G.Skill 3800 MT/s SO-DIMMs put lightning in tiny bottles

Laptop memory slots are the usual domain of SO-DIMMs, but a seemingly-increasing number of console-size-and-smaller gaming PCs are also using the parts. G.Skill's latest memory is designed to bring high memory clocks to gamers playing RAM-speed-starved titles like Arma 3. The company claims its 3800 MT/s DDR4 Ripjaws SO-DIMMs are the fastest modules available in the form factor. The company unveiled sticks in three speed bins, all using Samsung B-die integrated circuits and operating at 1.35 V.

The fastest kits are the aforementioned 3800 MT/s modules. These speedy SO-DIMMs run at CL18-18-18-38 timings and are offered in a four-module kit with a total capacity of 32 GB. G.Skill demonstrated the sticks running at their advertised speeds with an Asrock X299E-ITX/ac motherboard and an Intel Core i9-7900X processor. The company is also offering up 32 GB, four-unit 3600 MT/s kits with tighter CL16-16-16-36 timings. The third and final speed bin is made of 3200 MT/s SO-DIMMs with the same CL16-16-16-36 timings. Four-stick kits in this speed grade are available with total capacities of 32 GB or 64 GB.

G.Skill says the little speed demon modules should be available in December, though the company wasn't ready to talk about prices just yet. Given their place at the head of the SO-DIMM speed table, their association with quad-channel-RAM platforms, and current DRAM market conditions, we'd expect the kits to be pricey. G.Skill backs all of its memory modules with a lifetime warranty.

Comments closed
    • Chrispy_
    • 2 years ago

    Proof that even very fast RAM in extremely high-density configurations doesn’t need a heatsink.

    Can manufacturers please offer decent RAM for desktops without heatsinks? I’m tired of having to eliminate two-thirds of the RAM whenever I’m buying the stuff because it would otherwise foul a CPU fan, make slots unusable or hinder the airflow in a compact mITX build.

    • DPete27
    • 2 years ago

    Ok, so these SODIMMs have the same timings as desktop sticks at the same speeds and the same voltages……..why can’t we just switch everything over to SODIMMs? (laptops and desktops)

      • chuckula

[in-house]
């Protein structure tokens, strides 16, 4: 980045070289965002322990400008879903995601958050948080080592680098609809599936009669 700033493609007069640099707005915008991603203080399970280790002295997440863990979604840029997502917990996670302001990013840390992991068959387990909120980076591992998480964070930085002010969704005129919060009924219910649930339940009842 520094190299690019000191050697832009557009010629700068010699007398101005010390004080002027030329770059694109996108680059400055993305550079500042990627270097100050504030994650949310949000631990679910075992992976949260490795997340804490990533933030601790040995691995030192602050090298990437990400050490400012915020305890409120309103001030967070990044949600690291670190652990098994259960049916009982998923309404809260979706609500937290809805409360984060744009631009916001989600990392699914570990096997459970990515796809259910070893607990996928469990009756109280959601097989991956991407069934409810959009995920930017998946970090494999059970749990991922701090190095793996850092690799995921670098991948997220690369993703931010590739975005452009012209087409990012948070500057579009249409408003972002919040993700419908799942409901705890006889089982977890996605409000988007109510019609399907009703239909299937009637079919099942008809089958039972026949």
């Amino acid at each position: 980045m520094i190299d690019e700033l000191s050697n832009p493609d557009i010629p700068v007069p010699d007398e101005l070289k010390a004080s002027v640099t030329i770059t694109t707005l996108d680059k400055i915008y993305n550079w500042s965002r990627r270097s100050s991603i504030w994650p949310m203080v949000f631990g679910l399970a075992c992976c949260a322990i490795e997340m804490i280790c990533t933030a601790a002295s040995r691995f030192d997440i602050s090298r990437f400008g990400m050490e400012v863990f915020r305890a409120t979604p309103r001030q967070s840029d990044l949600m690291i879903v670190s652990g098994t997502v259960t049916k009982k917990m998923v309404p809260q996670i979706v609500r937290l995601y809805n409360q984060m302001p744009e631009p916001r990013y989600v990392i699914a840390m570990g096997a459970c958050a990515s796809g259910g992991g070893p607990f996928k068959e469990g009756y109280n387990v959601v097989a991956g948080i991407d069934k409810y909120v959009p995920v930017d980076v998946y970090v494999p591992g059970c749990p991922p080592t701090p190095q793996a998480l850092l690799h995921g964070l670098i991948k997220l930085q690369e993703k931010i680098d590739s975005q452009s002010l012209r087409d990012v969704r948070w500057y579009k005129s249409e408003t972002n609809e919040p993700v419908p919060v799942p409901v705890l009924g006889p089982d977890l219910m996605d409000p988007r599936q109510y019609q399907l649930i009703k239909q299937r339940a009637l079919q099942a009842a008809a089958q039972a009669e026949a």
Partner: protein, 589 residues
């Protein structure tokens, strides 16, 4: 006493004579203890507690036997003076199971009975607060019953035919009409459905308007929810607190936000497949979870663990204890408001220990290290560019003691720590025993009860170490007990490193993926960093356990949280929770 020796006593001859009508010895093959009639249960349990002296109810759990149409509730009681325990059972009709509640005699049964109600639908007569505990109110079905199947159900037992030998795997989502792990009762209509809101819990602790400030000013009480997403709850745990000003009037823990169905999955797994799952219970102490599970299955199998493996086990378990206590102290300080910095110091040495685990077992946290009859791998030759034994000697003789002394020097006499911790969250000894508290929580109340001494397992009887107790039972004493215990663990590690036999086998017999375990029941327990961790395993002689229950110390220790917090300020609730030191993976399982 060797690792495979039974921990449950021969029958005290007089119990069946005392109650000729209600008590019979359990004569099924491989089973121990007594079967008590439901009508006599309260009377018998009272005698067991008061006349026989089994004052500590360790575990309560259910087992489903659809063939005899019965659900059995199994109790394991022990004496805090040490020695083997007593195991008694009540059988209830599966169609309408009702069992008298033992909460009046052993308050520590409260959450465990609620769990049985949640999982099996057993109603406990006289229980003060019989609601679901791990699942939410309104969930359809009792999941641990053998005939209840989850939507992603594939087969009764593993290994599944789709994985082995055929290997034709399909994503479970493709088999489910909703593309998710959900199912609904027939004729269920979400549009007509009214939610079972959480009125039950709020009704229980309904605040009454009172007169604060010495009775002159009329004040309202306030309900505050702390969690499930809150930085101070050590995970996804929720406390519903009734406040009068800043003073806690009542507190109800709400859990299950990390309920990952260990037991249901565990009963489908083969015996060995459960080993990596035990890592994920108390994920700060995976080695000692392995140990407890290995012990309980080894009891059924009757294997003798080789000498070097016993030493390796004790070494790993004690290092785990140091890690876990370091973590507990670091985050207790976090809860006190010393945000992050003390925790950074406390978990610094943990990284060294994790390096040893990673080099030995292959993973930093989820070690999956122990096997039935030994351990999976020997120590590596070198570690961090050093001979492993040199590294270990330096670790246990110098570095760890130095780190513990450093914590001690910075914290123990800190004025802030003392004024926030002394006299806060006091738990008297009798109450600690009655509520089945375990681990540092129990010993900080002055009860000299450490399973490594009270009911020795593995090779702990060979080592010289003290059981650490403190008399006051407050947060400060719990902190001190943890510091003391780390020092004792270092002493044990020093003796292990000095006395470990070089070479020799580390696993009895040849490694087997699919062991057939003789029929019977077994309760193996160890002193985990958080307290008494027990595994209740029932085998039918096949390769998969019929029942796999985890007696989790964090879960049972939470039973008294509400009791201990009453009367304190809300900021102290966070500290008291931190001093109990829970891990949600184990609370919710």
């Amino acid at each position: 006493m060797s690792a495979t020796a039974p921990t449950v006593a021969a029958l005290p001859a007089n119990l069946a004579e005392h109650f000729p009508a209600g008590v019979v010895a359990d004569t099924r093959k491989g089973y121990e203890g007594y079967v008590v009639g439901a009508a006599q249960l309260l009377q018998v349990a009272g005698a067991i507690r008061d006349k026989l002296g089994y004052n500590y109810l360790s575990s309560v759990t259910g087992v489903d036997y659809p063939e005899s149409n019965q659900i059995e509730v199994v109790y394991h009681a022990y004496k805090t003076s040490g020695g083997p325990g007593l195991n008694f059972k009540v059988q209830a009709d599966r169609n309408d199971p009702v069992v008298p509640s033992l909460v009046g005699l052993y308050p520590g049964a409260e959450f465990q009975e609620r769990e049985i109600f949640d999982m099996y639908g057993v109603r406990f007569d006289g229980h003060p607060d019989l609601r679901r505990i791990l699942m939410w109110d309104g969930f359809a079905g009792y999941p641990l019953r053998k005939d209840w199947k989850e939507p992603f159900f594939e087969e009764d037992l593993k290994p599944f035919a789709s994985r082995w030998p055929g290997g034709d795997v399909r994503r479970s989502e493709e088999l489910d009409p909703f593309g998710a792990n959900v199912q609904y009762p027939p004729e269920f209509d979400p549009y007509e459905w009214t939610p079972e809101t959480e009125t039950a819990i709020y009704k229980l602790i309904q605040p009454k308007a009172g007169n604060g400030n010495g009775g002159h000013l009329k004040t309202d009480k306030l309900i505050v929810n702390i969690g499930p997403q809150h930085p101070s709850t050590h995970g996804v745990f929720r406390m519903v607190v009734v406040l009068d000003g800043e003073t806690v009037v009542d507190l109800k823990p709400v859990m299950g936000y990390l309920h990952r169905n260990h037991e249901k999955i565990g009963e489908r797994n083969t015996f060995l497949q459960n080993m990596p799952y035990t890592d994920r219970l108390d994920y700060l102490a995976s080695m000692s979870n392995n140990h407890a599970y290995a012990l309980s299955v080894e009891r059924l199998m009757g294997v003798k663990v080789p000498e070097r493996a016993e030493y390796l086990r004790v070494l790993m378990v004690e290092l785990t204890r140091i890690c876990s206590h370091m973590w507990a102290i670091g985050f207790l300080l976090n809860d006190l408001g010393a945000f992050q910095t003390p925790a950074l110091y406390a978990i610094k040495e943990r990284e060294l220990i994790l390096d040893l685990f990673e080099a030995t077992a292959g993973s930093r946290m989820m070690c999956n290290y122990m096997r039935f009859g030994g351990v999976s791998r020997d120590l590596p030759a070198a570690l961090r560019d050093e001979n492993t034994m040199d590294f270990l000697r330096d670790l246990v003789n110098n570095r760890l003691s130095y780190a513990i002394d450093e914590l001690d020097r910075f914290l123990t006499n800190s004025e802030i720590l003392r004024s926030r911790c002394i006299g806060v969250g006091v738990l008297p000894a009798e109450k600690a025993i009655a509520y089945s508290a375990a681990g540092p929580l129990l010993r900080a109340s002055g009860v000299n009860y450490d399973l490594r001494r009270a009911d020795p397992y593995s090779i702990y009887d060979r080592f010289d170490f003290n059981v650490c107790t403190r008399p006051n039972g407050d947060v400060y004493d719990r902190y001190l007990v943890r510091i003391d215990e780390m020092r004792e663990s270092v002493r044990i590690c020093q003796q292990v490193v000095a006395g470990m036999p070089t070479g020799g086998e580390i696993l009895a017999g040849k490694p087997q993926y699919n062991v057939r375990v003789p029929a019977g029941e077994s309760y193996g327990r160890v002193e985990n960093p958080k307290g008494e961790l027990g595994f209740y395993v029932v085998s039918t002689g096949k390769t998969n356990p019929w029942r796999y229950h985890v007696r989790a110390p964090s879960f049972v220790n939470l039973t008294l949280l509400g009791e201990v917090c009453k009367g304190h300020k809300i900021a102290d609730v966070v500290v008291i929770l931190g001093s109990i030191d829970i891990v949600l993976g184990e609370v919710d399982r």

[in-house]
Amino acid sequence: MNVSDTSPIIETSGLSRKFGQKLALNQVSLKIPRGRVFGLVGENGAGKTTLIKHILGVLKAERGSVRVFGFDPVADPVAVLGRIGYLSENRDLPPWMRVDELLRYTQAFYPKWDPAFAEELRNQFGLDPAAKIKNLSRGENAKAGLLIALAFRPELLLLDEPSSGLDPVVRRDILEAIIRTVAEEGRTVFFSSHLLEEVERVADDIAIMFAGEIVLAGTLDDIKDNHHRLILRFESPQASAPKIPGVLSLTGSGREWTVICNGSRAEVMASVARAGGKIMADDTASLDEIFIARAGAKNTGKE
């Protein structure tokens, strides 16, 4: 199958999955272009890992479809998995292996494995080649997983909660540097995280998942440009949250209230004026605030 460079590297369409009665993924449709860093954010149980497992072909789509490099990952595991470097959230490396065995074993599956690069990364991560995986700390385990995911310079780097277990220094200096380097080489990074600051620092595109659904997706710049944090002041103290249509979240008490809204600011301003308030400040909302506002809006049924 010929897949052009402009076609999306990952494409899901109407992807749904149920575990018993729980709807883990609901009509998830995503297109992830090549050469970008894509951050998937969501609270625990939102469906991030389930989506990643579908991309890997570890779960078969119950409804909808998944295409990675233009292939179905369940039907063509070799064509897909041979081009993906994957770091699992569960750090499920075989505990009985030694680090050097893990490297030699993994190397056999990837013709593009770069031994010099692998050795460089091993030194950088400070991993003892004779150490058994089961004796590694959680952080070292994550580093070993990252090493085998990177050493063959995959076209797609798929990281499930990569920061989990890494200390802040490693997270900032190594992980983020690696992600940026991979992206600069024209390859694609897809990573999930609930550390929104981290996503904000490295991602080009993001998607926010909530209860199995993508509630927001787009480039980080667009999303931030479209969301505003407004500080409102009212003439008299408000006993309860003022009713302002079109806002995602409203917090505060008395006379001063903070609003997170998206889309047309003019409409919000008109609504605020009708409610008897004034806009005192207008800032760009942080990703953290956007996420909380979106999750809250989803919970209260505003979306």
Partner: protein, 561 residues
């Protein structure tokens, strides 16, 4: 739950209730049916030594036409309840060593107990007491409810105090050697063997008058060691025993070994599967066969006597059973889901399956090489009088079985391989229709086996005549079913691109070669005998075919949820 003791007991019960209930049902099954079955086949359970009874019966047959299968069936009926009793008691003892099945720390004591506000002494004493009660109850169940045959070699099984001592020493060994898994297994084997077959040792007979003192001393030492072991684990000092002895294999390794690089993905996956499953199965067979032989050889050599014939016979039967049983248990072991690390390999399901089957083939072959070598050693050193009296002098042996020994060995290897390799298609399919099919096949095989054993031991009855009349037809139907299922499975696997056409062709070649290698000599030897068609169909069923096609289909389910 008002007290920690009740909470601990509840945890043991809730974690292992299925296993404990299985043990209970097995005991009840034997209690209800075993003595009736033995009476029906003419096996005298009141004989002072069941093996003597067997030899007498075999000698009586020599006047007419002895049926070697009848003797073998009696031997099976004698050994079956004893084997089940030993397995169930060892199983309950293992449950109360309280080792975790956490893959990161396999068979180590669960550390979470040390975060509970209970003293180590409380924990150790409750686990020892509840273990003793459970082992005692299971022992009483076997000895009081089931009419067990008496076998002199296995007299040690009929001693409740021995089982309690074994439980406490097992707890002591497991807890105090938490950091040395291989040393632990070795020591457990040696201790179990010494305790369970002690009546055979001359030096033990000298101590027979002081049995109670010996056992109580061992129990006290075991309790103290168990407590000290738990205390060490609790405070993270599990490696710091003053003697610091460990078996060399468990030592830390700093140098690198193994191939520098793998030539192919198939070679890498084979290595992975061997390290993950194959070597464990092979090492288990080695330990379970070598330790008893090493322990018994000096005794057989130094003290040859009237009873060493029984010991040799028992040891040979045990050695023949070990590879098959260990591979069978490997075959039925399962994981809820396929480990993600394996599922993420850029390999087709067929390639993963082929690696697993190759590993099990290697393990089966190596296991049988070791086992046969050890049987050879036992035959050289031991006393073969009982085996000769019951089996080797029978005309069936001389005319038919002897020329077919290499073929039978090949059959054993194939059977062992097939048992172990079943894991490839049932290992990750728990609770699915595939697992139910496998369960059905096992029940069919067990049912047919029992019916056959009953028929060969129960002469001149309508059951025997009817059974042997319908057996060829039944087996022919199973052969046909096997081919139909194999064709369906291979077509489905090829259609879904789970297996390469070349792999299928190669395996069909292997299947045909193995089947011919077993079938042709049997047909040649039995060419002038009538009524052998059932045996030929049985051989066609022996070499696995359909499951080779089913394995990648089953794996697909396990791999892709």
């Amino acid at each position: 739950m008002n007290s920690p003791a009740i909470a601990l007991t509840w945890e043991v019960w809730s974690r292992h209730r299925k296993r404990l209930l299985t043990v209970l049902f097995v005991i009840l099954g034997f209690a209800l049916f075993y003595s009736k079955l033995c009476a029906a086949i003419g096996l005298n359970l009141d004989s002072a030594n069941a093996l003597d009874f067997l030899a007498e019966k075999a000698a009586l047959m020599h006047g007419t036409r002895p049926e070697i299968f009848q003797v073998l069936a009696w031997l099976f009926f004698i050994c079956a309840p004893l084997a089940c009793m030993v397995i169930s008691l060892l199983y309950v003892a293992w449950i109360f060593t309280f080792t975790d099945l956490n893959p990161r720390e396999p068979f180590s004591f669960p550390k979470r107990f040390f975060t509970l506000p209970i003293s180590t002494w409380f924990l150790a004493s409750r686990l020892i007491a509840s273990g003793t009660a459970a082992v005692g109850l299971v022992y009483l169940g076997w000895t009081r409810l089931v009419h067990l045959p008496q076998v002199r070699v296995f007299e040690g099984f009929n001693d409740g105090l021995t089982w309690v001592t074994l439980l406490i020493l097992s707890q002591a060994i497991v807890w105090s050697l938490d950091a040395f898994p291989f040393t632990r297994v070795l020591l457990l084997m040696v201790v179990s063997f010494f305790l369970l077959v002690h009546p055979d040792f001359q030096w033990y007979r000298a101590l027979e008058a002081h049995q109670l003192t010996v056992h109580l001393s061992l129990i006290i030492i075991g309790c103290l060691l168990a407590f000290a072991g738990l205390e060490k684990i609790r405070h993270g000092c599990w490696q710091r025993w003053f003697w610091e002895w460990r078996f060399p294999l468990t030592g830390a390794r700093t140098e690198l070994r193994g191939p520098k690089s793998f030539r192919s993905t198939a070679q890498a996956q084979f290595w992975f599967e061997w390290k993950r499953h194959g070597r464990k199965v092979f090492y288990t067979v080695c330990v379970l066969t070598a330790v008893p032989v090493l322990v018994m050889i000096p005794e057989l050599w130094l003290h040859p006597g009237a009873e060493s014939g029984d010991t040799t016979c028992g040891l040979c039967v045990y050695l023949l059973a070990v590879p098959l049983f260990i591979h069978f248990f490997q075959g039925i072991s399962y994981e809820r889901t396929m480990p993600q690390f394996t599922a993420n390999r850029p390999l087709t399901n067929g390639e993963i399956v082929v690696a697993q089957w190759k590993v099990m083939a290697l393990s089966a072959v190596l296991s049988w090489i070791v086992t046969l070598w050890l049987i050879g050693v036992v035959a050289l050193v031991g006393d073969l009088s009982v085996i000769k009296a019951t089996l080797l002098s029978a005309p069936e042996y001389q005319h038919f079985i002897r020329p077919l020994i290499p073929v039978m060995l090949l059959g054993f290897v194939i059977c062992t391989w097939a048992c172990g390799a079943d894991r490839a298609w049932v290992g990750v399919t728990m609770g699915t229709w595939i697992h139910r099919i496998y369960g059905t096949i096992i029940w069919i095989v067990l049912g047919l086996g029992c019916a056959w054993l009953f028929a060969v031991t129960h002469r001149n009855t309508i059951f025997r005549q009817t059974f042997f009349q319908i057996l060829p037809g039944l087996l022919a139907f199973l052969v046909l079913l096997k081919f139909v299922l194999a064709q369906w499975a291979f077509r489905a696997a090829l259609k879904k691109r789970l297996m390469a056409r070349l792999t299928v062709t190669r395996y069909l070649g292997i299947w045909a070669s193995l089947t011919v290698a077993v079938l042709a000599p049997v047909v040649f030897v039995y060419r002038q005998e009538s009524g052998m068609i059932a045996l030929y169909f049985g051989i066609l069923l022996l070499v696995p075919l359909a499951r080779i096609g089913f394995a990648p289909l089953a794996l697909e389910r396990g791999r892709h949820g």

• 2 years ago

      You can’t do that!

      They are *SO* *DIMM* that you’d never be able to see the RGB LEDs!

        • K-L-Waster
        • 2 years ago

        You say that like it’s a bad thing….

          • LauRoman
          • 2 years ago

          I think you missed the pun.

      • LauRoman
      • 2 years ago

      They are smaller, more fragile and probably cost more to make. As a result they probably have lower oc headroom.

      You should compare temps for smilarly specced (on all the the things that have an impact on RAM) laptop and desktop at default speeds. Guess what has a hotter memory…

        • DPete27
        • 2 years ago

        Considering RAM “heatsinks” are almost entirely unnecessary (as shown here with 3600MHz SODIMMs doing just fine with no heatspreader) it’s safe to say that heat isn’t a significant factor.

        Sure, there are higher clocked desktop sticks on the market, but I’d wager a guess that’s because SODIMMs go into laptops which have no ability to OC RAM past the max supported speed (2666MHz for Coffee Lake). Therefore, all the higher binned chips get put on desktop sticks where they’ll actually sell and be utilized. Whether there are any other real limitations on the max speed of SODIMMs is above my level of insider knowledge.

        • smilingcrow
        • 2 years ago

        In what way are they more fragile?
        Why do they ‘probably’ cost more to make? A smaller PCB could make them cheaper!
        Why do they ‘probably’ have lower OC headroom?

        Throwing a lot of probables into the pot is another way of saying I really don’t know but I am going to guess and act like I have a clue.

      • yuhong
      • 2 years ago

      This reminds me of how large die size DRAM are dead now. We still don’t have 16Gbit DDR4 even today.

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